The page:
Shelby and Emma’s persistence this season has been inspiring
By Steve Bowman
Editor, The Brentwood Spirit
When I photograph high school baseball games for the Brentwood Spirit I always stand where the light is best, in the fence opening next to the visiting team’s dugout. So I get to hear everything the coaches and players say. Every team has a different personality but two things can be said about almost every group of guys I’ve stood next to over the past four seasons.
First, a team’s overall level of happiness is completely based on how big of a lead it has. When they take the lead, suddenly it’s like everybody in the dugout wakes up and starts chattering positive comments. If their advantage grows to four or five runs, the supportive engagement blossoms into happiness. Most every guy is talking and laughing and life is good. With an eight-run lead it’s like they’re all high – they cheer every single play, laugh hard at every joke and just generally seem to be in love with one another.
The second thing I’ve noticed is that the polar opposite happens when a team falls behind. A one- or two-run deficit cuts the chattering and cheering in half. Somewhere between being four to six runs behind, the dugout turns into a tomb. If they’re behind by eight runs or more, the silence festers into bitterness. Coaches and players complain, blame and argue. Obscenities are muttered.
I share all this not to suggest that you’re shallow if you have more fun winning than losing. We can all agree that winning is a blast, whether our team is in the World Series or we’re playing Monopoly. But from what I’ve witnessed in the visitor’s dugout, winning is often seen as the ONLY possible benefit of competing. Nothing can be gained from losing.
That’s why this spring I’ve been inspired by the Brentwood High School girls soccer team, especially its two seniors, Shelby Linneman and Emma Howe.
Shelby and Emma have both started since they were freshmen and are closing in on their final game in Brentwood uniforms. They’ve helped the Eagles win nearly 40 games. Shelby has led the team in scoring for two seasons and Emma has been a steady presence on defense. In the past three years their teams earned two conference championships and amassed a record of 24-4 in the league.
Then came this season. When the team started practice in March, coach Cory Grage expected at least 19 girls to come out. But only 14 showed up to fill the 11 positions. At a school as small as BHS, that can be a big difference. And it has been. The Eagles are heading into the district tournament on Monday with a record of 3-14. They’ve been shut out 11 times. For Emma and Shelby, who’ve won back-to-back conference titles, it’s been a shock.
“It’s been very difficult and frustrating,” Shelby told me. “It’s way different from the past. I’ve had to adjust to it, accept it, suck it up and move on.”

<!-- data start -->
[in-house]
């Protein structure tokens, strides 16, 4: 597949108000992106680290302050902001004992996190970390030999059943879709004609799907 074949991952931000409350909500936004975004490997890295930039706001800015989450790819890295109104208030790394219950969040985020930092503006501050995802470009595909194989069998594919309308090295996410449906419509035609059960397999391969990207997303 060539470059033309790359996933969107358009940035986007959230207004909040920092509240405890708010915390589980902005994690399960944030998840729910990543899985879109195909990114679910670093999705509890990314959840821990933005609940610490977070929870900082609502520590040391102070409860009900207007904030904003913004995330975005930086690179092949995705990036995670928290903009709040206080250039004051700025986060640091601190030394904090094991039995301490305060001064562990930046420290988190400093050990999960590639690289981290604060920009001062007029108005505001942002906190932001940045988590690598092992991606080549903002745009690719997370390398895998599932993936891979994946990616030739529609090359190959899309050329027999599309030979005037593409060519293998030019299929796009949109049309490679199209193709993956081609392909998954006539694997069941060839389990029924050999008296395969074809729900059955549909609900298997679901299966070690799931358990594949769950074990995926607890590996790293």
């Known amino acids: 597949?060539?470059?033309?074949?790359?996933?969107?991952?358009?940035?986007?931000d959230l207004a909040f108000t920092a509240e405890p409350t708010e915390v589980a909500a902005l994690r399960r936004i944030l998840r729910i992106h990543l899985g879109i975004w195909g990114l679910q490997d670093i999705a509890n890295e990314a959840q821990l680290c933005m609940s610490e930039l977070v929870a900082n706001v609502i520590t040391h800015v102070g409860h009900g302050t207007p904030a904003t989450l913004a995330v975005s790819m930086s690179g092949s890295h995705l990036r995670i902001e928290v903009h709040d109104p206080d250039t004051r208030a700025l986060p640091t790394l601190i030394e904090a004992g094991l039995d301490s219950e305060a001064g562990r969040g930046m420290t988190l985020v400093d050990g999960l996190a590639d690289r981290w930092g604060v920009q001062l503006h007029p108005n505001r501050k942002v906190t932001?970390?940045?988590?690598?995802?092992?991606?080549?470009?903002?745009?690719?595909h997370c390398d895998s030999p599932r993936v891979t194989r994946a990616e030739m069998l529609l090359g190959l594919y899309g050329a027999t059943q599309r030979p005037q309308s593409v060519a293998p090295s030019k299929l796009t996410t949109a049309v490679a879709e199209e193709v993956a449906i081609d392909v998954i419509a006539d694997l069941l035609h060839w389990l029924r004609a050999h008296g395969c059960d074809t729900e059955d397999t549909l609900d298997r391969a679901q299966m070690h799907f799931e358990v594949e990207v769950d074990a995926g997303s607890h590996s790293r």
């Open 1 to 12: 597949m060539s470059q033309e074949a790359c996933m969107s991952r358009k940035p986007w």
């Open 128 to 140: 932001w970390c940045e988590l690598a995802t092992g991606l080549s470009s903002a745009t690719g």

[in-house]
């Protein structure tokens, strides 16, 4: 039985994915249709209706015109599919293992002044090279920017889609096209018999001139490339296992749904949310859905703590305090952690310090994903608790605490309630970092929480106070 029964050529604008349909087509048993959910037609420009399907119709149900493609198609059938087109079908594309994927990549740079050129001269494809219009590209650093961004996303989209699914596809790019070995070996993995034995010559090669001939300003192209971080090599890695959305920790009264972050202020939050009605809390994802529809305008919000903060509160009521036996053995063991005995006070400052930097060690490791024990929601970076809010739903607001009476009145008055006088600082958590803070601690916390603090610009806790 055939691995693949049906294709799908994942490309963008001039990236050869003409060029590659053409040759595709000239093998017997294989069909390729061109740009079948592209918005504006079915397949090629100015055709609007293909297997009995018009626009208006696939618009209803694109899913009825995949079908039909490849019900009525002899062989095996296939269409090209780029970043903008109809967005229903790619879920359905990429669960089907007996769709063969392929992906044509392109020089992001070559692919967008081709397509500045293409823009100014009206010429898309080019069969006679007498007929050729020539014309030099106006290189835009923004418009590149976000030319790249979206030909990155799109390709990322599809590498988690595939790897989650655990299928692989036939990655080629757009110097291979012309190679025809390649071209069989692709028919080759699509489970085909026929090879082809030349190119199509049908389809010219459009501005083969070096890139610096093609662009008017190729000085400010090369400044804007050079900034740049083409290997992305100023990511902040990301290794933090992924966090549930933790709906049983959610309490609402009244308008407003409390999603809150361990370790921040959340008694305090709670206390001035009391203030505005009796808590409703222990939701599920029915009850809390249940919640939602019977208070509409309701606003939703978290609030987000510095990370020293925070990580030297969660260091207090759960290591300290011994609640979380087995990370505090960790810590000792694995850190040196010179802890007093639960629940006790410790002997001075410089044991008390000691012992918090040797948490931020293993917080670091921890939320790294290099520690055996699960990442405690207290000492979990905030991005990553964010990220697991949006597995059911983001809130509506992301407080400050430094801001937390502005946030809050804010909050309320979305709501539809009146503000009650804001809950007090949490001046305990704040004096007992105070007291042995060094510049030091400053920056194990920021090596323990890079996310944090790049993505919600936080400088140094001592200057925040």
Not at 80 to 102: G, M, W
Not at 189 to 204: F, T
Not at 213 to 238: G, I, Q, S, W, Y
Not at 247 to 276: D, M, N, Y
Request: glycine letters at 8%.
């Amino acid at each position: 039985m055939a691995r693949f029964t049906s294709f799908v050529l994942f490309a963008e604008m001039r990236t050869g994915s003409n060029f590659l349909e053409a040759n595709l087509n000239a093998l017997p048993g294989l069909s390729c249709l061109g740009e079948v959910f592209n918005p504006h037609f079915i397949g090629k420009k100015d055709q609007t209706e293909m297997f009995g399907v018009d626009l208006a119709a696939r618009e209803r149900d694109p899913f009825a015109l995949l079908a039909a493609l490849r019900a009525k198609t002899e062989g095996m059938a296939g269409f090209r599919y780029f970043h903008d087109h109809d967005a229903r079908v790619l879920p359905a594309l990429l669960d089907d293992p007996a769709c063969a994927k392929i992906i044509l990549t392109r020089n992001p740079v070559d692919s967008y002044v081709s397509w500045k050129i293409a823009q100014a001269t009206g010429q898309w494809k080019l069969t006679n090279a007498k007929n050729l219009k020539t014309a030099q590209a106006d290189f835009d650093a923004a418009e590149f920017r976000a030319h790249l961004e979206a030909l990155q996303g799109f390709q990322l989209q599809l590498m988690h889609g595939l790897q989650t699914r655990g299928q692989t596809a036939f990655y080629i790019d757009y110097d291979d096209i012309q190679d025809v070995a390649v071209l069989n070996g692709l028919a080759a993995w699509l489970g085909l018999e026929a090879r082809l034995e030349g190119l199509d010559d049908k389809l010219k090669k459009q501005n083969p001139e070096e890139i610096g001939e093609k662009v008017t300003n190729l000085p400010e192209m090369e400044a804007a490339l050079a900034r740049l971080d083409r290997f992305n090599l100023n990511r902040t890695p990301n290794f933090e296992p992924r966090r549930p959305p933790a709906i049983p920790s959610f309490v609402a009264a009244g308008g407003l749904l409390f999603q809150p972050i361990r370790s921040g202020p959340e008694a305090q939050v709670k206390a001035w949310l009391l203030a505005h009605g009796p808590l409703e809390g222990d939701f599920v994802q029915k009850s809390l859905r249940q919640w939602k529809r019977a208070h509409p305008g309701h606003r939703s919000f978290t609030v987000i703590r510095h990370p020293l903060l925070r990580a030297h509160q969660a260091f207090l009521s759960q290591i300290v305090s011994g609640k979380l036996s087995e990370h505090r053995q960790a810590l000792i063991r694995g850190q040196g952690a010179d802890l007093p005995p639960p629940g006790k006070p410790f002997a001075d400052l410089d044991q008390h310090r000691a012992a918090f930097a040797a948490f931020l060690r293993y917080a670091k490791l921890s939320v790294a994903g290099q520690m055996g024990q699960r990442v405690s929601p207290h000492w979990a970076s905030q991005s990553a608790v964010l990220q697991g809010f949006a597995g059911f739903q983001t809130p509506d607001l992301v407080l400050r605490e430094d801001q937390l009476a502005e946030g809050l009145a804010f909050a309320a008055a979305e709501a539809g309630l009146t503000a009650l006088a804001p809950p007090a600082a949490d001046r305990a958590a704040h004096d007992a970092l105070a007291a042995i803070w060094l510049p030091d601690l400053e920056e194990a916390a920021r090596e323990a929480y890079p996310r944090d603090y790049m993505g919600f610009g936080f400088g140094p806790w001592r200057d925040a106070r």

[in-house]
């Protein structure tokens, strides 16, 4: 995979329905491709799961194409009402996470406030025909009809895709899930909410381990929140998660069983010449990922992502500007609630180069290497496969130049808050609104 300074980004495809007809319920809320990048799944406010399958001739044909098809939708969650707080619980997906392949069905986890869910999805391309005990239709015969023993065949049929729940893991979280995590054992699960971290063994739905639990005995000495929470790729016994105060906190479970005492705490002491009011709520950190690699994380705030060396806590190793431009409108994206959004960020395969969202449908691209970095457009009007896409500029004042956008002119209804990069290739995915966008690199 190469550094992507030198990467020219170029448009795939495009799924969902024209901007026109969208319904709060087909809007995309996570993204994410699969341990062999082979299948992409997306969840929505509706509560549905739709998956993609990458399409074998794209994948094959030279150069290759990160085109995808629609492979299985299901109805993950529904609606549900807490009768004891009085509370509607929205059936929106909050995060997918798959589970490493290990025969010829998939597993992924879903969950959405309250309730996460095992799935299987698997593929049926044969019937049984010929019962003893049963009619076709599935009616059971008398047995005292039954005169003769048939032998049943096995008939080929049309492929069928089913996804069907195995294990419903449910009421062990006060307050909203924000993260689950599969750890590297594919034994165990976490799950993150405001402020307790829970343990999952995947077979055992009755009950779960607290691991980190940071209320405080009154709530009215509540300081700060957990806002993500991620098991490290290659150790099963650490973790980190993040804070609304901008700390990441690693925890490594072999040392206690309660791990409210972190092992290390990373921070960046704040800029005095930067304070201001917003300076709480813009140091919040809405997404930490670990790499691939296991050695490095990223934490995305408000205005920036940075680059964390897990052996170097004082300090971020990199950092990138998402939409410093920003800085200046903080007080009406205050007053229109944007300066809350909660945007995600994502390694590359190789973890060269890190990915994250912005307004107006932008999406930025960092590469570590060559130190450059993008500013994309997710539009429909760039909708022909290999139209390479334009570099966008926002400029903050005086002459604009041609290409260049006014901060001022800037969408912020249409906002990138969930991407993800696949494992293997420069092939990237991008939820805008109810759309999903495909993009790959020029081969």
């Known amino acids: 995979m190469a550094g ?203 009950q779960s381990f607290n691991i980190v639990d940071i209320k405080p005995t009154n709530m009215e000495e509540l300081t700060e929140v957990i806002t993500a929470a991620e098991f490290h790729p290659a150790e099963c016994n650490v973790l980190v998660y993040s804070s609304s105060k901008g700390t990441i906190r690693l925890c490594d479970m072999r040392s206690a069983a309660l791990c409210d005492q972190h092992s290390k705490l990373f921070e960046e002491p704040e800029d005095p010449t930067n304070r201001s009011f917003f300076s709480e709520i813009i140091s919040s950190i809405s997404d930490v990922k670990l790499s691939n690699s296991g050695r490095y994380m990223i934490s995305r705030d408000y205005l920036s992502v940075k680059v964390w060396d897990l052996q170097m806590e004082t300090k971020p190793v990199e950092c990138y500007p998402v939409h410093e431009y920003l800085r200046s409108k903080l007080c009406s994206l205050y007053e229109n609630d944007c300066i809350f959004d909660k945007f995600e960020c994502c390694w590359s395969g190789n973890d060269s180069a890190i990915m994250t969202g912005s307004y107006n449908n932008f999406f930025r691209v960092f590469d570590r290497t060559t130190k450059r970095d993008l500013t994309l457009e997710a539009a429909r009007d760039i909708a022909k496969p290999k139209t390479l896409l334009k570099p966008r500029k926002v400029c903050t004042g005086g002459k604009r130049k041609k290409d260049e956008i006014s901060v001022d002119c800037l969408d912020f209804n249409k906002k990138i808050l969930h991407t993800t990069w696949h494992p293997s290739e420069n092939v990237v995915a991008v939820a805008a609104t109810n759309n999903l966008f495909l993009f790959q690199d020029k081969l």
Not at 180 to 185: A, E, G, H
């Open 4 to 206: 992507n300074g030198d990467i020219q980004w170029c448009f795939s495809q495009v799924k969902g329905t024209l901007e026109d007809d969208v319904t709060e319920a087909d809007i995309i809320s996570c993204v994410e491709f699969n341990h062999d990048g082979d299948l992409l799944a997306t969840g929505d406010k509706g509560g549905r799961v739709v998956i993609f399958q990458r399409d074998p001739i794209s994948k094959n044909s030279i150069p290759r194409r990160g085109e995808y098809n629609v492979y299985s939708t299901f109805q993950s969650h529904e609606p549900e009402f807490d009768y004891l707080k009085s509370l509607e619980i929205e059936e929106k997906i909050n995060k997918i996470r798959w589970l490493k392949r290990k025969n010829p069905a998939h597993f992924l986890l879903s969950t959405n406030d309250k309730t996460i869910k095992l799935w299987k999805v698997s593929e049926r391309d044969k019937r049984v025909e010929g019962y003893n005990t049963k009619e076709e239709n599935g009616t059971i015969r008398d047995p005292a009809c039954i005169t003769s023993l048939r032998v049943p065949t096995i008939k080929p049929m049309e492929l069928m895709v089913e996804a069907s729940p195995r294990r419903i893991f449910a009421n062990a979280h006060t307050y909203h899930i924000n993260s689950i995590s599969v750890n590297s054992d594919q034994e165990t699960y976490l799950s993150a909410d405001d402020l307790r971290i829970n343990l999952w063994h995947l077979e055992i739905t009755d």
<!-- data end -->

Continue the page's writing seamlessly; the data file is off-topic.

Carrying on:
The thing is, both Emma and Shelby knew early on that the season would be long and humbling. And exhausting – try playing soccer for 60 minutes with only a couple of players on the bench. And yet the two seniors never quit. They mustered enthusiasm for every game, instructed and encouraged teammates and never stopped fighting. And almost every time, they rode home feeling the sting of another loss.
But the next day they were back to practice at Norm West Park.
That inspires me. I’ve lived long enough to know that life has its win streaks, but life also has its 3-17 seasons. Whatever you do doesn’t seem good enough. Your legs and lungs are burning but there’s nobody to step in for you. The bleachers look sort of empty.
I’m inspired because the Eagles’ 2014 season reminds me a couple of losing seasons in my life, times when everything went wrong at once and stayed wrong for a while. In those dark days it seemed that the only thing I succeeded at was being persistent. But now that I look back and things have improved, I suppose that persistence is the only thing I needed to succeed at. I suspect, I hope, that Shelby and Emma will someday feel the same way.
I was at McGrath Elementary School’s field day on Friday. One of the activities was a tug-of-war with a long rope. Two kindergarten classes were going against each other. After a long struggle, one class started to win. As the losing class was pulled forward, one by one they fell and let go of the rope. Except for one girl.
Though she was one of the smallest students in the class, she was the anchor, on the very end of the rope. She had it in a death grip and a determined grimace was on her face. Abandoned by her classmates, she was taking on all 10 of the kids on the opposing team and losing spectacularly. They dragged her across the grass for a good six feet before her teacher, realizing she wasn’t going to let go, knelt down and rescued her. “You can let go now,” the teacher said quietly, and the girl finally did.
What was running through that little girl’s mind? Did she think she’d actually beat the other class by herself, one against 10? I doubt it. But she sure as heck wasn’t going to give up.